Been shopping for a new car lately, was a decade and 124,000 miles ago when I paid $17,000 including taxes for an ’03 VW Golf TDI diesel. During that decade millions of workers lost their jobs and wages stagnated, and one would think new vehicle prices would have at least kept to the rate of inflation. Electronics have dropped in price while adding features, the housing market is a bargain hunter’s paradise if you’ve got cash or good credit, and about the only thing that’s gotten pricier is food, fuel, and vehicles.


Well, I’m still tick’d about all the unwanted gadgetry I was forced to buy with that 2003 Golf TDI- I can wind windows up and down myself quite well, thank you. And those ten or so speakers are kind of a waste in an upholstered tin can anyway. But I still was allowed to shift for myself and there were even knobs on the quite excellent radio. Good luck finding a manual transmission today, and the radios are hiding behind video game like displays… Should I really have to go through menus at 75 MPH just to switch from MPR to KBEM Jazz 88? Sure it’s got bluetooth, but I don’t mix driving and business. And at every dealership I find cars similarly packed and prices jacked with useless gadgets, pushing even a so-called economy car into the $20k and beyond price range.

Good thing I’m not replacing my 1998 Ranger, which Ford conveniently discontinued. In it’s place Ford proffers $30k F150s that get worse mileage and don’t haul enough more than the Ranger to matter. Maybe $25k for a 2 wheel drive if you can find a truck only dealer like Boyer in an aging industrial zone, and these “he man” trucks only come with automatics. Want to take an end run around this lunacy by buying a 30 MPG compact car and a trailer to haul your tools and stuff? Most of the automakers have banned trailer towing with their cars and will void the warranty if you try. Ain’t much better if you need a big truck for work, what with GM leaving that market and Ford all but abandoning it, leaving you to try to bargain with International and Daimler. Need a really big truck? There’s only four suppliers left, and there’s little chance to shop for the engine and transmission of your choice everywhere… Your stuck with the truck manufacturer’s engine or maybe Cummins.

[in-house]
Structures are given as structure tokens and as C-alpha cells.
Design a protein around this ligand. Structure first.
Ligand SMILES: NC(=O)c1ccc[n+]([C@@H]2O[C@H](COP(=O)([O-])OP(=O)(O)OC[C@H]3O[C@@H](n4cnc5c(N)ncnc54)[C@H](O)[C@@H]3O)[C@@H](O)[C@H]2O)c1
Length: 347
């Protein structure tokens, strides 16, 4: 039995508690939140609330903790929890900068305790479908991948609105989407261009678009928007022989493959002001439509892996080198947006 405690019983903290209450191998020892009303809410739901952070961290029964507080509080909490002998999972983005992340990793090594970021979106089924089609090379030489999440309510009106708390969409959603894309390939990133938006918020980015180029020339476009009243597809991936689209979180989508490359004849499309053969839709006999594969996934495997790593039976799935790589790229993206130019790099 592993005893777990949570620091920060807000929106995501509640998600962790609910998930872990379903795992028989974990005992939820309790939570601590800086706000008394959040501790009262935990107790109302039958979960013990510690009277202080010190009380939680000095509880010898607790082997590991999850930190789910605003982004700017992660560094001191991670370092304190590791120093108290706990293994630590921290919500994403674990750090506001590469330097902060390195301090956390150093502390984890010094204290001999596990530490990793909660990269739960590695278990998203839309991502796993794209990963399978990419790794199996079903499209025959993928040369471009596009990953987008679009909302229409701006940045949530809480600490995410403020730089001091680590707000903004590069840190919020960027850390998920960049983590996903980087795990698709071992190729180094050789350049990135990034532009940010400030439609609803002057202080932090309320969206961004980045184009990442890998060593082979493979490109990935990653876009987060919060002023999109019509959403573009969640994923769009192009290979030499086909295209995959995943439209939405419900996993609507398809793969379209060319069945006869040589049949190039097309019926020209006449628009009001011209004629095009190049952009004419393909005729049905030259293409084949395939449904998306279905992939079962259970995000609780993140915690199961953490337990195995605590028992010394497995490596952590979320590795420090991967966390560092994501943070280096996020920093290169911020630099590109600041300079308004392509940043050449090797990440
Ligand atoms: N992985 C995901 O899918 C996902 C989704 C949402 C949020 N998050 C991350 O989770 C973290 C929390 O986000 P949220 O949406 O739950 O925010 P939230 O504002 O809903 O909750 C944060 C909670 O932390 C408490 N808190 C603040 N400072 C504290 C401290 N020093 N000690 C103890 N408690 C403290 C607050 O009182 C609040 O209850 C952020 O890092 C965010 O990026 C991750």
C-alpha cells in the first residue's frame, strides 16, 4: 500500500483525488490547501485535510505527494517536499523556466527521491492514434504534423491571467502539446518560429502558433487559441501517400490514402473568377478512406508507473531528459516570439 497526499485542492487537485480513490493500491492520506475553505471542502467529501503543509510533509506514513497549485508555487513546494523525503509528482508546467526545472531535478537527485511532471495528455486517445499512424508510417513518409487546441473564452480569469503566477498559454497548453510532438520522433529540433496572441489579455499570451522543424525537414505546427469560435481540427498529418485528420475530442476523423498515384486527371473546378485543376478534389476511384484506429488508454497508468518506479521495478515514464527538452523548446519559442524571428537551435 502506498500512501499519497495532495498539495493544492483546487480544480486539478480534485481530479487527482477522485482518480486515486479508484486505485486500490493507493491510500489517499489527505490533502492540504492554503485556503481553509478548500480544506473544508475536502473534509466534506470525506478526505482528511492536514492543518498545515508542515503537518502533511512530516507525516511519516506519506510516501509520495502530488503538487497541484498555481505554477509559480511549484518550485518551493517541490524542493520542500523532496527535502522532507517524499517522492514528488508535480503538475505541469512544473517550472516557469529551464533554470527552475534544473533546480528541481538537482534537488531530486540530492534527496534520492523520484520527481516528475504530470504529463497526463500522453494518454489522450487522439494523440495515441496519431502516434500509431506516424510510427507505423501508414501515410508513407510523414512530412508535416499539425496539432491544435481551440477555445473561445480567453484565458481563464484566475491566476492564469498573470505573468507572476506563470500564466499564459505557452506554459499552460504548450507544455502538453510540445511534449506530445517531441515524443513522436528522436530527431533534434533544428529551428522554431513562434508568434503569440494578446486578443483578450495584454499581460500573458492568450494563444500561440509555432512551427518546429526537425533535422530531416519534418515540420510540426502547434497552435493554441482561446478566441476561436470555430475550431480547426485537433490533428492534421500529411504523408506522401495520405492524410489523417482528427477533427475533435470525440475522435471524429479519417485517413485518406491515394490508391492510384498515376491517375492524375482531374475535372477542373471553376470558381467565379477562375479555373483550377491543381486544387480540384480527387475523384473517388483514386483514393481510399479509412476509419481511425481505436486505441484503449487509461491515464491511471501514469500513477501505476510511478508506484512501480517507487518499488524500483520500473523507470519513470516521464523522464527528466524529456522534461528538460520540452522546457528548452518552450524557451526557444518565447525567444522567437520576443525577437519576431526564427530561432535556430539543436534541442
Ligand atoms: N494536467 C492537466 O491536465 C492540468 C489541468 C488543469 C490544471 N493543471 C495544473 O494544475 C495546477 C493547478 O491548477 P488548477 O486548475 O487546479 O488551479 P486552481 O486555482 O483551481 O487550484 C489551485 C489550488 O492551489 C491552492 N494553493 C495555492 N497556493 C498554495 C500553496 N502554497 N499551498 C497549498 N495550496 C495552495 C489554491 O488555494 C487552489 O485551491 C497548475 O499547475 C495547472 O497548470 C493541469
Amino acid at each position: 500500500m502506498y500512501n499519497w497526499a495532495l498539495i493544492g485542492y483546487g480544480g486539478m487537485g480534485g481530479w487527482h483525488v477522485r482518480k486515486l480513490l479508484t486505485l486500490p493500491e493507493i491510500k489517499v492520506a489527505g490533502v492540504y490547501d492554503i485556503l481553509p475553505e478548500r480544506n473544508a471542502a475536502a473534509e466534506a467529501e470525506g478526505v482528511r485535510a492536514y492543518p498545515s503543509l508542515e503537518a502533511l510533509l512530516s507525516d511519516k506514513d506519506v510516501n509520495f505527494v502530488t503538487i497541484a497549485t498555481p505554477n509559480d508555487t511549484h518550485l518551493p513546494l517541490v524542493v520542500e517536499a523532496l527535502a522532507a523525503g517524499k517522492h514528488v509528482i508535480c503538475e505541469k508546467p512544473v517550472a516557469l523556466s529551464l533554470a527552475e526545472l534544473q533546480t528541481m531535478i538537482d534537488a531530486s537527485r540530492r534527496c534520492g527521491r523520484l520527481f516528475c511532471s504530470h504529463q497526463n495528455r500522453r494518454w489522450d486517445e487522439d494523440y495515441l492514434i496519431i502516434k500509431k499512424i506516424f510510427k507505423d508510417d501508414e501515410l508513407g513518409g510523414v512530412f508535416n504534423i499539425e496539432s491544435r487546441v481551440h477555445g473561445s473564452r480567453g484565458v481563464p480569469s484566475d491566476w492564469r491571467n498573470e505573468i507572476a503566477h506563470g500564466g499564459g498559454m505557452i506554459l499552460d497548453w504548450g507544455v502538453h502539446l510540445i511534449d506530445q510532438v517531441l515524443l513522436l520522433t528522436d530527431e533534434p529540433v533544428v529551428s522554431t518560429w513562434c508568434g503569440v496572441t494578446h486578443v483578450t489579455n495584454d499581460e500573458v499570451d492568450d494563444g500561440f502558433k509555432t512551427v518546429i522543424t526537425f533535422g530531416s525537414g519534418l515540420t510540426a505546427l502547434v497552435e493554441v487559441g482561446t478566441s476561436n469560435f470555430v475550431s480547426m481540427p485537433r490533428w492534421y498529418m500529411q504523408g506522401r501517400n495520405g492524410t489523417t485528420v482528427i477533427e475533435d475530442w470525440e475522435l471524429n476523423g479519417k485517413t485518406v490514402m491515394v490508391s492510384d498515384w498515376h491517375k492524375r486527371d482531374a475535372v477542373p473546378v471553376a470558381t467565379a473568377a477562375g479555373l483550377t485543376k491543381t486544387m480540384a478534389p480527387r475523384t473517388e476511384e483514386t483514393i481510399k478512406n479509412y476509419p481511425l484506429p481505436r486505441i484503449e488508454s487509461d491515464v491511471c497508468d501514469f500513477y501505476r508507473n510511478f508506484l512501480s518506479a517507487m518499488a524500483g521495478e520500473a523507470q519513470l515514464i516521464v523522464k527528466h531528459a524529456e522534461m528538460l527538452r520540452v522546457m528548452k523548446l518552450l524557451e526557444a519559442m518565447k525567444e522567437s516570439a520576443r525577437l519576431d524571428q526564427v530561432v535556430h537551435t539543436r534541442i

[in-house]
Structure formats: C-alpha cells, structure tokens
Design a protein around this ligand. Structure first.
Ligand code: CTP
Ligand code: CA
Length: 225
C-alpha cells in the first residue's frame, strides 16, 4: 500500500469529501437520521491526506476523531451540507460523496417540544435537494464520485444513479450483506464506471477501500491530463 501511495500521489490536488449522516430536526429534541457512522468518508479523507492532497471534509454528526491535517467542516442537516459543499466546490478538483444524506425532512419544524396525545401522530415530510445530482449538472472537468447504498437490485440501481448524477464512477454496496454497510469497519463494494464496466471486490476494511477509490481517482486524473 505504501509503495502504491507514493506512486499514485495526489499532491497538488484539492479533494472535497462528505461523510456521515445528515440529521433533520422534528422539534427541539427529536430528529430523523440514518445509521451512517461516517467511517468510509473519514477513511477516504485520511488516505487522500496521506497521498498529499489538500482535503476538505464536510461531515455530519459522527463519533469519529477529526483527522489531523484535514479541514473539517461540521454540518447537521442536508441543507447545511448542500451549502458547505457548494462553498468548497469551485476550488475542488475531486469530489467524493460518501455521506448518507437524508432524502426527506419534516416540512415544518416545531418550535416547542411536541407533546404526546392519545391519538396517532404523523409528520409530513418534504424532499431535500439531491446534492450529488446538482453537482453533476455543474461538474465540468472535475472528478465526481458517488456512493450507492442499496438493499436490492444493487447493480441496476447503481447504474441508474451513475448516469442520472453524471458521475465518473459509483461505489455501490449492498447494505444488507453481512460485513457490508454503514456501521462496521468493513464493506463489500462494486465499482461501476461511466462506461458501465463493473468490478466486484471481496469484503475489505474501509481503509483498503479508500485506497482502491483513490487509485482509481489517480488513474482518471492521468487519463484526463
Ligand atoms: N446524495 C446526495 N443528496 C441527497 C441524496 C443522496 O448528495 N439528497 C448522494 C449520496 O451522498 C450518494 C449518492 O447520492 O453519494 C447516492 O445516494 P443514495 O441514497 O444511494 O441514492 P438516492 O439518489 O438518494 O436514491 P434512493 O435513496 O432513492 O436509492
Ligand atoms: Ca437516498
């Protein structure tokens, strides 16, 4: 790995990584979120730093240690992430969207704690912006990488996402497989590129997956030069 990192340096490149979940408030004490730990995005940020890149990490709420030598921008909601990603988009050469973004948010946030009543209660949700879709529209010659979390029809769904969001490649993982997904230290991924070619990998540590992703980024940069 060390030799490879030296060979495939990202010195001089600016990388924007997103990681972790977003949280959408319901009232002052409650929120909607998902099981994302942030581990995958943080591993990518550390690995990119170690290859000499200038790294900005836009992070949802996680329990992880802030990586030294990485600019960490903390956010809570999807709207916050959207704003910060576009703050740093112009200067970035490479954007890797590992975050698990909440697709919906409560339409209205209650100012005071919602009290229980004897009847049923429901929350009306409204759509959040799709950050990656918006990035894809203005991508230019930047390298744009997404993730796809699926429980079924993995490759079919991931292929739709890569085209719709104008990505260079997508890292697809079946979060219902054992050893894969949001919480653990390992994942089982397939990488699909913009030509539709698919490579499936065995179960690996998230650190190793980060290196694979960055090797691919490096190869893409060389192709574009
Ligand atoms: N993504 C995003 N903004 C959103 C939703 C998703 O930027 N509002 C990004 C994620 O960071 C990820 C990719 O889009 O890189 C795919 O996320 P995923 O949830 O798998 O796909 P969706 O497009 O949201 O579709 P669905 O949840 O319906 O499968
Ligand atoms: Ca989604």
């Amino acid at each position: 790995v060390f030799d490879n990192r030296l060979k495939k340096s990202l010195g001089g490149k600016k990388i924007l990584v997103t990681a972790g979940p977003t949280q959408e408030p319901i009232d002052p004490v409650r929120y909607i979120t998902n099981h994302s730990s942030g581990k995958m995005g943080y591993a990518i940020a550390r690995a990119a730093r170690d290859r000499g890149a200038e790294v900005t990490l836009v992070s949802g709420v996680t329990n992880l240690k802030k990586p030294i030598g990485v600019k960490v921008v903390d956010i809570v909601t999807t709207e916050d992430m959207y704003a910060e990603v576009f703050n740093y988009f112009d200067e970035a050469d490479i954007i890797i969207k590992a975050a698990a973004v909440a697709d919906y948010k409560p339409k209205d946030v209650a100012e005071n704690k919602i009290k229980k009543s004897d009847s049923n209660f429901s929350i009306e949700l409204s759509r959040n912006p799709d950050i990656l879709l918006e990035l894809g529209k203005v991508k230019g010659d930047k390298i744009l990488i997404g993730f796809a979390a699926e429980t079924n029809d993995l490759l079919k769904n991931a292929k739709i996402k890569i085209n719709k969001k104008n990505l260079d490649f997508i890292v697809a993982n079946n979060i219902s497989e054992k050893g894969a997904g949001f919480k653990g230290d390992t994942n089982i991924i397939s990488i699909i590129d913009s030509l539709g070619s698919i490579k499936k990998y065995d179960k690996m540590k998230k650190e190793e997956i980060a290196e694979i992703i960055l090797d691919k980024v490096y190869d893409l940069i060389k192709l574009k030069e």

So you decide to fix up your old vehicle and hang on to it awhile longer… “Cept Volvo seems to be discontinuing parts for Mack trucks built as recently as 7 years ago, VW has no printed manuals anymore and charges $35 a day to view them online, and those manuals assume you have the manufacturers multi thousand dollar diagnostic system that works on nothing else to do diagnosis. 

Now if we were all earning living wages and later enjoying our old age pensions this’d be no problem… We’d just buy a new vehicle every few years like we did to the tune of twenty million a year like we used to and pay the dealer to fix it. But wages for new hire union autoworkers have been beaten down into the $14-15 an hour range, and at the nonunion plants in the south starting pay is only $11-12 an hour and don’t expect any raises. And it’s all downhill from there, with wages at supplier plants often less than $10 an hour, while many construction workers who used to buy a profitable new pickup every year are still unemployed.

So the math is pretty simple: low wage workers simply can’t spare a year’s wages to buy a new car, bein’ as they gotta pay rent and buy food and such too. Yet the deluded automakers dream of twenty million vehicles a year sales, which given that there are over 200 million licensed drivers in the U.S. would only require said drivers to buy a new one every decade or so. But all but the top earning 20% of those drivers are paid too little to afford new cars, and the lowest paid 20% or so are leaving the auto market entirely for transit and bicycles. 

Henry Ford, Soichiro Honda, Alec Issigonis, Hans Ledwinka and Nikola Tesla have left the industry. Heck, they probably couldn’t even get into an MBA program these days and wouldn’t last a day on the assembly line, probably get fired for unauthorized improving of the product. So we’re left with lumbering and blundering corporations, led by MBA “whiz kids” who couldn’t balance a family budget… Never mind figure out why the workers they underpay aren’t buying their overpriced products.

Maybe we need another “sit down strike” to save their sorry MBA asses… And ours!